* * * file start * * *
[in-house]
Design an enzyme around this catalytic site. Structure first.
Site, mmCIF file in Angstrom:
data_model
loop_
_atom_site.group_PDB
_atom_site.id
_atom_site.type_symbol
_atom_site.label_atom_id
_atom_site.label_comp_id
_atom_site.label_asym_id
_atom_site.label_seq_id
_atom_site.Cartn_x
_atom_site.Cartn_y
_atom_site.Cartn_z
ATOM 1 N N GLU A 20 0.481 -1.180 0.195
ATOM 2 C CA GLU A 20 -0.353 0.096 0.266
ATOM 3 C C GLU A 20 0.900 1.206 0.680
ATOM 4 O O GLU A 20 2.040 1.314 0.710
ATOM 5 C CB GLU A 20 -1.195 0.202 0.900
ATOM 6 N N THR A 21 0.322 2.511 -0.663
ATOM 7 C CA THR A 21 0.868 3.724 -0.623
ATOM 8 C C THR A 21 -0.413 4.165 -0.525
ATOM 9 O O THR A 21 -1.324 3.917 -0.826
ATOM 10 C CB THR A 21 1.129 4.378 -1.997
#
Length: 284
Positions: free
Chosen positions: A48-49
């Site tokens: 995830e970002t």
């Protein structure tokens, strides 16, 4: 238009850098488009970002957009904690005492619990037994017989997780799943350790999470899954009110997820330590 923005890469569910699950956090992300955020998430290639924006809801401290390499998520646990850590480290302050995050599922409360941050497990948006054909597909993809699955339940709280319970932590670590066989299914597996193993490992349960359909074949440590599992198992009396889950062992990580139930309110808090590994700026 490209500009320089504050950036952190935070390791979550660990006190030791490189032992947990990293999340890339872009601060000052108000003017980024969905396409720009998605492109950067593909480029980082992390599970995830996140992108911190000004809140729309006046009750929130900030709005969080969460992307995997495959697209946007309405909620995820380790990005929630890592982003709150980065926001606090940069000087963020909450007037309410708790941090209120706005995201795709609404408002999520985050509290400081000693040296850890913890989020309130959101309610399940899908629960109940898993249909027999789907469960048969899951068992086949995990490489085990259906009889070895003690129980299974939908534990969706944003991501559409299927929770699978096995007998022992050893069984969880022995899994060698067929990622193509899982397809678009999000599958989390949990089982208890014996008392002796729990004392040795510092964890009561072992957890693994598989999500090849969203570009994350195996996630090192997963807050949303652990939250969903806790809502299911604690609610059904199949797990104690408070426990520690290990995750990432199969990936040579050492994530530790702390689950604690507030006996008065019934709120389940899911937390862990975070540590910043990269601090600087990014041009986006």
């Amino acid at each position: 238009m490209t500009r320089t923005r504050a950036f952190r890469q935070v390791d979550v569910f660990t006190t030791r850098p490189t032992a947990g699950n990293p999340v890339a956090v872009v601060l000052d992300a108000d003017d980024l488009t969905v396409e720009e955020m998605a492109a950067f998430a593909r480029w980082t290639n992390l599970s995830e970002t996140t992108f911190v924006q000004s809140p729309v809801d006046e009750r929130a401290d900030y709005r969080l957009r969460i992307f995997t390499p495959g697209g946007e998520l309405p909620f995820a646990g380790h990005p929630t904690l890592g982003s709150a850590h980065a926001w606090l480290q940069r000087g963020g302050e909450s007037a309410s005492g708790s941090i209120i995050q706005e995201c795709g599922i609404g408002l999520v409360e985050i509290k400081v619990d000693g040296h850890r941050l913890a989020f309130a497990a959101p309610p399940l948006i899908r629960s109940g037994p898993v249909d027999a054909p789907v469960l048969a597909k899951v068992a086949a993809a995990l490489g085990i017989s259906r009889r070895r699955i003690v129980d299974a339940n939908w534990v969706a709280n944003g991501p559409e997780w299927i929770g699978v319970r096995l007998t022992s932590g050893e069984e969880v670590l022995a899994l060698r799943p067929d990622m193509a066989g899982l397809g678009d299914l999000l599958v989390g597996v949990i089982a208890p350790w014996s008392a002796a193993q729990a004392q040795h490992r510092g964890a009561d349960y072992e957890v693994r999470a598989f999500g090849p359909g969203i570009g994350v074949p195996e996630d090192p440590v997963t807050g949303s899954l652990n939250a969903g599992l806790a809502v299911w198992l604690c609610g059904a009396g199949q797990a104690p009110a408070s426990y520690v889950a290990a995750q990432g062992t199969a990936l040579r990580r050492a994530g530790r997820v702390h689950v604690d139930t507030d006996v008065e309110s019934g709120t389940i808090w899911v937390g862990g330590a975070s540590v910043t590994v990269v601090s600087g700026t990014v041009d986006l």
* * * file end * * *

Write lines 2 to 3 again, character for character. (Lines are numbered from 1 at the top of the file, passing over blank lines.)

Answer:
Design an enzyme around this catalytic site. Structure first.
Site, mmCIF file in Angstrom: